What you missed over Christmas: Inflation threat, New Year's Honours for exporters and pints of wine

Tue 2 Jan 2024
Posted by: Phillip Adnett
Trade News
Christmas trading

Over the Christmas period, many of us switched off phones and laptops and took the chance to recharge ourselves, spending time with families rather than following the ins-and-outs of international trade.

So, to bring you up to speed as you return to the office, IOE&IT Daily Update brings you the key trade stories you might have missed over the holidays.

Shipping costs

Experts have warned that continued attacks by Houthi rebels on commercial vessels could hit the price of food.

Shippers, such as Maersk, paused or modified ship movements through the Red Sea in response to the attacks.

The British Retail Consortium (BRC) warned the disruption could raise insurance rates and transport costs, which could have a knock-on effect for consumers.

“We are about to see increases to pricing in supermarkets, as it’s the products that are coming through now that have been impacted,” Institute of Export & International Trade (IOE&IT) director general, Marco Forgione, told iNews.

“We are in for what could be a very difficult time that may well take longer than a few months to resolve.”

Despite the creation of ‘Operation Prosperity Guardian’, a joint international naval task force launched to protect international shipping, Forgione warned that delays and prices rises were likely. 

“It is impossible to say how much the price increases will be yet, but we will see them in the coming weeks.

“We will absolutely see pressure on supermarket prices and pressure on the global inflation rate.”

Honours for exporters

A number of high-profile members of the international trade community were recognised in the 2023 King’s New Year’s Honours list.

Charles Woodburn, CEO of BAE Systems, was made a Commander of the Order of the British Empire (CBE) for services to international trade, while Catherine McBride, a member of the Trade and Agriculture Commission, was awarded an Officers of the Order of the British Empire (OBE) for services to trade policy.

Rachel Gaisburgh-Watkyn, managing director of Tiny Box Company, Munir Patel, CEO of XRAIL Group and Ashley Pigott, chairman and managing director of AJ Power all received OBEs for their services to exports.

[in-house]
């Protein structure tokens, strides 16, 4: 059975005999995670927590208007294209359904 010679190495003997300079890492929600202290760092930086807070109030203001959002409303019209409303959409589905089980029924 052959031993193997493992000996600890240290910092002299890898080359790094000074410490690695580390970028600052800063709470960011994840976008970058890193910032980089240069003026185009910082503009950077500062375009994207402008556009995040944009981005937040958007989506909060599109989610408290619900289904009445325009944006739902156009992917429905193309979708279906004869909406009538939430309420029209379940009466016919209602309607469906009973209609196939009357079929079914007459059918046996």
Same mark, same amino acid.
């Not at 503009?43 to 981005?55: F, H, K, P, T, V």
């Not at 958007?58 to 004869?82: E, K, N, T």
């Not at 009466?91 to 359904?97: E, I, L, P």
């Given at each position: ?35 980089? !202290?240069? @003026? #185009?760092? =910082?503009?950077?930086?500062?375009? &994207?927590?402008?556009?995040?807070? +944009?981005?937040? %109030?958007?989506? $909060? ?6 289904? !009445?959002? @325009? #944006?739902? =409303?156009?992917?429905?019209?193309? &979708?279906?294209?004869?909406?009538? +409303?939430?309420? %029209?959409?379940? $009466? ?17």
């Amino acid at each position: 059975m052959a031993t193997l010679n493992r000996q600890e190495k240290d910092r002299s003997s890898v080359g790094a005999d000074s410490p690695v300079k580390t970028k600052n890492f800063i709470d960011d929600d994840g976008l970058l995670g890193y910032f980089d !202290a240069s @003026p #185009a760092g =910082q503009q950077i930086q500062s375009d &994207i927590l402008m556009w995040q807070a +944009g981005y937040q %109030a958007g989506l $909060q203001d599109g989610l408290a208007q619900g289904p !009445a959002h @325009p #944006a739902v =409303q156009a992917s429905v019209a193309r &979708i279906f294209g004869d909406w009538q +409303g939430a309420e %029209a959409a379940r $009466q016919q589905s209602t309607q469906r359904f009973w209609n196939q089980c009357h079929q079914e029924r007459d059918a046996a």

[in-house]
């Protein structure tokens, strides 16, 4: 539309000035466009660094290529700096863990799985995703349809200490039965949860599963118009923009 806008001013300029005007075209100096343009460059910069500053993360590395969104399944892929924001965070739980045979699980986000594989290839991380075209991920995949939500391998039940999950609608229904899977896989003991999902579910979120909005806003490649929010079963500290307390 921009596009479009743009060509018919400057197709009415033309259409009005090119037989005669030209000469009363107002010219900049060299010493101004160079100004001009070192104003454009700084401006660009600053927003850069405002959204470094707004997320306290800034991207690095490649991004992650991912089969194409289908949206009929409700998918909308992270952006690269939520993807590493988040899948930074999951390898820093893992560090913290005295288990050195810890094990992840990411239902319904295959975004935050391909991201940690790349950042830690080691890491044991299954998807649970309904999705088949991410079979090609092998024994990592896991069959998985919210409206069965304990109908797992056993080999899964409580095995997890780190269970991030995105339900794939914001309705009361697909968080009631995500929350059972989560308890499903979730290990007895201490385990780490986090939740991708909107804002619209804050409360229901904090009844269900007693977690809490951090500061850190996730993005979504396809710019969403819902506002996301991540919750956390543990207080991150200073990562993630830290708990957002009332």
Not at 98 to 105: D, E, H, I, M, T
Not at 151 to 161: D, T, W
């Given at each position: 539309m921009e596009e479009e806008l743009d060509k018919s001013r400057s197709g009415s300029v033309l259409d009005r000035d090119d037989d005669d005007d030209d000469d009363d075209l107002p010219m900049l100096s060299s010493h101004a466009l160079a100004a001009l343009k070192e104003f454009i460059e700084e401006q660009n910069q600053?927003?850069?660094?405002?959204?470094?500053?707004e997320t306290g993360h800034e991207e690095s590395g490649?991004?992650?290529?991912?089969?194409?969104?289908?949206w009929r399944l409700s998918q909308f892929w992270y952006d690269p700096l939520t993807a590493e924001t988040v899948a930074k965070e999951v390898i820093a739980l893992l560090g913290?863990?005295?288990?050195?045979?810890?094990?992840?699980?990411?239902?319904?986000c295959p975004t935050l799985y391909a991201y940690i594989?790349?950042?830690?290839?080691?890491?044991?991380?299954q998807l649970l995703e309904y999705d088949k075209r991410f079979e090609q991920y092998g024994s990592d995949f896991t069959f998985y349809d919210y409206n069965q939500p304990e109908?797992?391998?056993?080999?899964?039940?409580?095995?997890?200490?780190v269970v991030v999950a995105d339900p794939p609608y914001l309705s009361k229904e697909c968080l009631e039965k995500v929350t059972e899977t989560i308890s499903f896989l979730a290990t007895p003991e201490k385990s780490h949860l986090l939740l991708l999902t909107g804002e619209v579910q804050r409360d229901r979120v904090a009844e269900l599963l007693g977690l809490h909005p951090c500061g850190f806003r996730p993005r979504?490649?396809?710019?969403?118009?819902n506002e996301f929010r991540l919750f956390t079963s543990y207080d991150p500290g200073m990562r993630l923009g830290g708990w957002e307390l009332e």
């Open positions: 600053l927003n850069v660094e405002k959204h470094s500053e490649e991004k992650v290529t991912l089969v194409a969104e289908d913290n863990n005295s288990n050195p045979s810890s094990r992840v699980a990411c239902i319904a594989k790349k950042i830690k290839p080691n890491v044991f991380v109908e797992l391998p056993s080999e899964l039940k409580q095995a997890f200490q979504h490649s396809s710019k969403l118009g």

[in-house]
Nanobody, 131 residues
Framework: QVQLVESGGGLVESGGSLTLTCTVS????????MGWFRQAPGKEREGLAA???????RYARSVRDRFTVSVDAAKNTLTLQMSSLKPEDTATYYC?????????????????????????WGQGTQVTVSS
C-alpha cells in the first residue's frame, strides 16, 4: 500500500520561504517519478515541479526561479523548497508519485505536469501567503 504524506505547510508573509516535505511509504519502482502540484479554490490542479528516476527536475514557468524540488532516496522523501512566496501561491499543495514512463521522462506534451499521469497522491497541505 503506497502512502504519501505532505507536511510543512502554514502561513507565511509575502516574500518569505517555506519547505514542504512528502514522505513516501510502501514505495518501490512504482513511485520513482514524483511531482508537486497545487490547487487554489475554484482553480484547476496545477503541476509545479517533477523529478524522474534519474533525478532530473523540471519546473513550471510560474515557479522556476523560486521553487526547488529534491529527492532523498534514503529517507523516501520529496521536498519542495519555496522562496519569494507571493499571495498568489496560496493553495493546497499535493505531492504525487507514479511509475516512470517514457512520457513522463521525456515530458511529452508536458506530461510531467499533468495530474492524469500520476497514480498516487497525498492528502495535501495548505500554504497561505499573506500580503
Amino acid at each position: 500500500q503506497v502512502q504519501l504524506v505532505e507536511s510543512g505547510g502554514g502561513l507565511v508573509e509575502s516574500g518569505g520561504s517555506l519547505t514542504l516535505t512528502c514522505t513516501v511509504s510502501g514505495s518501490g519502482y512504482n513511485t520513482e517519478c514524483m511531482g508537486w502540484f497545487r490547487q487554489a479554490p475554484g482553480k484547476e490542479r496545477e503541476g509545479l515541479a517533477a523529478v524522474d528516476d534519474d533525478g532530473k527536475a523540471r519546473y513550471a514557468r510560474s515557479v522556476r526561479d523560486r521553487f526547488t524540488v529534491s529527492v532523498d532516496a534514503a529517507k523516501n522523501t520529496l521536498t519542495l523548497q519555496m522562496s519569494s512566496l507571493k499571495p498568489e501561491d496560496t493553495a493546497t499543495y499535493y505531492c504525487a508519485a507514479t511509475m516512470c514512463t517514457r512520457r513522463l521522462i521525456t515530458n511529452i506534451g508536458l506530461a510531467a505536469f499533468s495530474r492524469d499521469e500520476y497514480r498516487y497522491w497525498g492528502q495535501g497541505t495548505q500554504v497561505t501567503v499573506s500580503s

Members of the Department for Business and Trade (DBT) who received recognition included chief trade negotiation adviser Crawford Falconer, who was made Knight Commander of the Order of St Michael and St George (KCMG), and two UK Export Finance regional leads, Elizabeth McCrory and Phillip Potter, both of whom were awarded Members of the Order of the British Empire (MBE).

Business and trade secretary Kemi Badenoch said:

“These outstanding individuals embody the enterprising spirit found across the UK, from exporting original produce, to helping others grow their businesses.”

CPTPP boost?

The government has claimed that festive exports to the Comprehensive and Progressive Agreement for Trans-Pacific Partnership (CPTPP) area rose significantly in 2023.

DBT said that the sales of British festive goods – including chocolate, gin, whisky and sparkling wine – to CPTPP countries enjoyed significant increases last year.

Badenoch said that this was proof that the government’s tilt towards the Indo-Pacific was paying off for exporters, adding that “once we become a fully-fledged CPTPP member, tariffs on more than 99% of UK goods will be set at 0%.”

The UK is set to formally join the CPTPP in 2024.

New Deal for Farming

Labour has pledged a “new deal” for the UK’s farmers, which would include a new veterinary deal with the EU, moves to improve food security and a target that at least 50% of food used in hospitals, schools and prisons must be British in origin.

According to the Guardian, Labour attacked the Conservatives for their “destruction” of the rural economy, pointing to research that showed more than 6,300 firms in the UK agricultural sector had gone out of business since 2017.

Steve Reed, shadow environment, food and rural affairs secretary, said:

“Labour will give British farmers their future back. We will deliver lower energy bills for farmers by switching on GB Energy, lower red tape at our borders to get our great food exports flowing again and use the government’s own purchasing power to back British produce.”

Mark Spencer, the minister of state for food, farming and fisheries, said in response that the Conservatives “had delivered better targeted funding for farmers, protecting our best farmland and speeding up our grid connections for those who need it most.”

Pints of wine

It will now be possible to buy and sell still and sparkling wine in 2024 in pint bottles under regulatory changes announced by DBT.

Under the Retained EU Law (Revocation and Reform) Act 2023, British shoppers are now able to buy ‘pints’ of wine in UK supermarkets, with DBT saying that the government is taking advantage of “new Brexit freedoms.”

Nicola Bates, CEO of WineGB, said that her organisation welcomed “the chance to be able to harmonise still and sparkling bottle sizes”.

According to the government, the Windsor Framework meant that newly packaged wine will be able to be sold by bars, restaurants and retailers in Northern Ireland, with the products moving under the Northern Ireland Retail Movement Scheme, under the retail “Green Lane”.


The image used in this article was generated via AI.